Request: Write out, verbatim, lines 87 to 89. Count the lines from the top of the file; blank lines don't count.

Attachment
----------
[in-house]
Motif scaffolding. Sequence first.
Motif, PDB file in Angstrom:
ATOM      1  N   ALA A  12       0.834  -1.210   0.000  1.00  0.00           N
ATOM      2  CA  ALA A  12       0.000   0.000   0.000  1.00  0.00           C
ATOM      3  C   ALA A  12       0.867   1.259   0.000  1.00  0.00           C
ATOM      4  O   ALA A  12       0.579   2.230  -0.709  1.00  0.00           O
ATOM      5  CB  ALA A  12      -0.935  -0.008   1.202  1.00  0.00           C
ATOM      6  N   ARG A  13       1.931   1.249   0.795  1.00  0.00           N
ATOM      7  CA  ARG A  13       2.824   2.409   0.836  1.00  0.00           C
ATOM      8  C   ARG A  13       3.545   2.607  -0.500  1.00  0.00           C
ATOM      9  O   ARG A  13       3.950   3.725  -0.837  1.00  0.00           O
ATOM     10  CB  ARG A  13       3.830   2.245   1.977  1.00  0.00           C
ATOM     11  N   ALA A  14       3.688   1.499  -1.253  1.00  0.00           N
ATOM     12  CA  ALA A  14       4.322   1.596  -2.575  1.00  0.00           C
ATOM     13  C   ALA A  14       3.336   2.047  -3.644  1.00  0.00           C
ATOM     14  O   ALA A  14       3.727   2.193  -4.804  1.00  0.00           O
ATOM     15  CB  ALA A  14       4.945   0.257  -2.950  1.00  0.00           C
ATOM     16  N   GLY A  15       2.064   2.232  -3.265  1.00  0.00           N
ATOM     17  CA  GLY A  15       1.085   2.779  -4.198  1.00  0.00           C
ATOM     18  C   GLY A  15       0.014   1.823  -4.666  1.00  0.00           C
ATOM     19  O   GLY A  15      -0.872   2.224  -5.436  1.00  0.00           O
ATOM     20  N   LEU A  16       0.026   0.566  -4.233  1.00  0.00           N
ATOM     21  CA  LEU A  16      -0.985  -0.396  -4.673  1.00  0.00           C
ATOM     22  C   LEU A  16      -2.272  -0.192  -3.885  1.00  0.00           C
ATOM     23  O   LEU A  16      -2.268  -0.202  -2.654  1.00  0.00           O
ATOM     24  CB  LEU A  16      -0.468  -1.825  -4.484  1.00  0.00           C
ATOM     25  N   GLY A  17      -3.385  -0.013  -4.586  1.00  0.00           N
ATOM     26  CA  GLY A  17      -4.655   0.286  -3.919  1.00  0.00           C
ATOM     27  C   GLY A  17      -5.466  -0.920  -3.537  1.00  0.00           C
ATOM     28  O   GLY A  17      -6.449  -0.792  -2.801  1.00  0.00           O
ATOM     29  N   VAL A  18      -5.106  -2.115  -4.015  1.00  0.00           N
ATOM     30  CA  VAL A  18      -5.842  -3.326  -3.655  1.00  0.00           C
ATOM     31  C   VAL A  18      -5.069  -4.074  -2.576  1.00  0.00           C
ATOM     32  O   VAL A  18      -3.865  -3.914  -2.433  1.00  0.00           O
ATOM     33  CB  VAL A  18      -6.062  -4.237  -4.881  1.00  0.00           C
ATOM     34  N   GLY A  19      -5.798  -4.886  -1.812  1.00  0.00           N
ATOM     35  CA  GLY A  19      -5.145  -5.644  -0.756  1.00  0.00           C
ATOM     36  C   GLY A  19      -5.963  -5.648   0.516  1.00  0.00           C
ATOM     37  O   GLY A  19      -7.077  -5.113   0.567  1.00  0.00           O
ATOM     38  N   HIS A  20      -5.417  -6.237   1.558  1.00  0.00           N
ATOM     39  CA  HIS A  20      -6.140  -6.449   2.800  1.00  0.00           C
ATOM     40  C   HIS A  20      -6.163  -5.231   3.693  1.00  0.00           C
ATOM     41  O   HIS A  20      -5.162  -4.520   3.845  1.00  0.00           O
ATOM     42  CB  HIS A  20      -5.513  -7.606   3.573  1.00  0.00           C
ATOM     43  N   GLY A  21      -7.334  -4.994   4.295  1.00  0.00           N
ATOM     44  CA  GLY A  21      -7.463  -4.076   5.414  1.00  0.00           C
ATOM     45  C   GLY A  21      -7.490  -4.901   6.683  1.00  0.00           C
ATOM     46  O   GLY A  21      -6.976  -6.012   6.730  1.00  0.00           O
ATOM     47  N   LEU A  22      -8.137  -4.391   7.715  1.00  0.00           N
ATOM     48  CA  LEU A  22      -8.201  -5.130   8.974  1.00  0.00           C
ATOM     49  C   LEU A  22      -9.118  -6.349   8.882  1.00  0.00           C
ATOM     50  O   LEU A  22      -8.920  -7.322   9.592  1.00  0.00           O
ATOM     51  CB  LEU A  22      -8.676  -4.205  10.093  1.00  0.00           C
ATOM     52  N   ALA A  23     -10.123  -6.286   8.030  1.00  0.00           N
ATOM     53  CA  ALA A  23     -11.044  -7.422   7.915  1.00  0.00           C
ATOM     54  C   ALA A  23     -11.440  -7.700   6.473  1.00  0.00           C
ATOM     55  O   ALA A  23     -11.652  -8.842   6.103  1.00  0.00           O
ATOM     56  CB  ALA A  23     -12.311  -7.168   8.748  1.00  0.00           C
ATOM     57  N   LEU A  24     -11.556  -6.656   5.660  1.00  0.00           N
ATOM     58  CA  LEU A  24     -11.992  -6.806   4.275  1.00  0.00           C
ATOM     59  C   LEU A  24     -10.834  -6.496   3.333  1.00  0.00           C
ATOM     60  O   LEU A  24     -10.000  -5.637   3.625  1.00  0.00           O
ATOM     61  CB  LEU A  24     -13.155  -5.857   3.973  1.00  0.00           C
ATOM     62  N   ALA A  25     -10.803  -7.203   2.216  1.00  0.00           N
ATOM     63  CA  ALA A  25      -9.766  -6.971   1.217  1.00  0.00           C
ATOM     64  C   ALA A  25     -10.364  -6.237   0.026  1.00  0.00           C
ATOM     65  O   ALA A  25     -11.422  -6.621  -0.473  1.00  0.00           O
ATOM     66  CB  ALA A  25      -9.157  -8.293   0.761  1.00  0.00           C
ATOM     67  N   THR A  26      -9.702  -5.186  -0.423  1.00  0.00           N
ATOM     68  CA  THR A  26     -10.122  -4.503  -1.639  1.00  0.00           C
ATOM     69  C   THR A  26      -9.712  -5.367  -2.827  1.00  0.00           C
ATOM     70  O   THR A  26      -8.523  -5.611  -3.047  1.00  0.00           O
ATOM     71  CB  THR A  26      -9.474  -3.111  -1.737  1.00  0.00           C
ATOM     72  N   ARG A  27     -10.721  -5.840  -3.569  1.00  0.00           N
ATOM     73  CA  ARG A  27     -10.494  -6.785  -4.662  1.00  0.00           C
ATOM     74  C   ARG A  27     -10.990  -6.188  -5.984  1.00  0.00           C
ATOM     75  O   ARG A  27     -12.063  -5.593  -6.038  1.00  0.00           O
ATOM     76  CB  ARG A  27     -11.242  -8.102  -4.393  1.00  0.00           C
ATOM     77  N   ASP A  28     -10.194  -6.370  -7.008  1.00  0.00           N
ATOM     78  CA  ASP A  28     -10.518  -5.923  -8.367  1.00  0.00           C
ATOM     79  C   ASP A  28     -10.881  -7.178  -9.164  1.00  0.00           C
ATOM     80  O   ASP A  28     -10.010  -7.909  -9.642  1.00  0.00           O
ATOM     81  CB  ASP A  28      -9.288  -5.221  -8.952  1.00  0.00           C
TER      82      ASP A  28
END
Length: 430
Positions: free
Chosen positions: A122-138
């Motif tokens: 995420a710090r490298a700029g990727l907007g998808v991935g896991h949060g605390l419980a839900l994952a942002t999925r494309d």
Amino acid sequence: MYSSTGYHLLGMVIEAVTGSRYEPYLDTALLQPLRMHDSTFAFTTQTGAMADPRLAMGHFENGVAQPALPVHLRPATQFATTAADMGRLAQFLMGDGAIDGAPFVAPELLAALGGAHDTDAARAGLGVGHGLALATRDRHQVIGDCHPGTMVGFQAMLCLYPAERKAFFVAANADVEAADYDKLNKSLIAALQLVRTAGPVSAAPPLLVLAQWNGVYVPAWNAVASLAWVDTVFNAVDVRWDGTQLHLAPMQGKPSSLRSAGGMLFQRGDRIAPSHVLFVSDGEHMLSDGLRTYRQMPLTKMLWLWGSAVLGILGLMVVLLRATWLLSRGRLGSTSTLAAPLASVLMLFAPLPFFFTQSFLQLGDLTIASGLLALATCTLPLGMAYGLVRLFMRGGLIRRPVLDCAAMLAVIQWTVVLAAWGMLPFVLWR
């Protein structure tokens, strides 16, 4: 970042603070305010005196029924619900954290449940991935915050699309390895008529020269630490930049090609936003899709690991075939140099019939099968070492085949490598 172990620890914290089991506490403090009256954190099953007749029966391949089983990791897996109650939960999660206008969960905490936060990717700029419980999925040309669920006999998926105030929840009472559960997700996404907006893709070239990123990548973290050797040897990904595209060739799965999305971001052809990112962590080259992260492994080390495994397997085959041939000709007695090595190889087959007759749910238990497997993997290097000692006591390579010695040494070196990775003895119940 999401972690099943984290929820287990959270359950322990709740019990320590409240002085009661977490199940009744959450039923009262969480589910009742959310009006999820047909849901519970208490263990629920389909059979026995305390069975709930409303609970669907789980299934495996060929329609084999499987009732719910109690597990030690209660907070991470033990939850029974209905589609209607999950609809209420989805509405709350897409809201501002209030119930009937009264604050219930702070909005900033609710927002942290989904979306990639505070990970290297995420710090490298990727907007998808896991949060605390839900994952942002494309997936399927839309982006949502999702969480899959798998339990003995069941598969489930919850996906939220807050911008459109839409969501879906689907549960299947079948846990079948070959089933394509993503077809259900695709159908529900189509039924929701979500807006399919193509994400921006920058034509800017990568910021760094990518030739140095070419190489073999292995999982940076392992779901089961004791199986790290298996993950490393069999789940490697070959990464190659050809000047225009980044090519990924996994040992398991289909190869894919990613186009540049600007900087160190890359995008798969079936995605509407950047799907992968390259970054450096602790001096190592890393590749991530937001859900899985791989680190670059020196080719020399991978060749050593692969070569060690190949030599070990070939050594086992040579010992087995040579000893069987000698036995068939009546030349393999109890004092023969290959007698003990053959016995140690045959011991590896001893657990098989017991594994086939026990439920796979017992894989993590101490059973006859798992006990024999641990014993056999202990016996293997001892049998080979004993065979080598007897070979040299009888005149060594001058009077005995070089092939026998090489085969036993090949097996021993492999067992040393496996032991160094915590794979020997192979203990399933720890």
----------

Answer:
Length: 430
Positions: free
Chosen positions: A122-138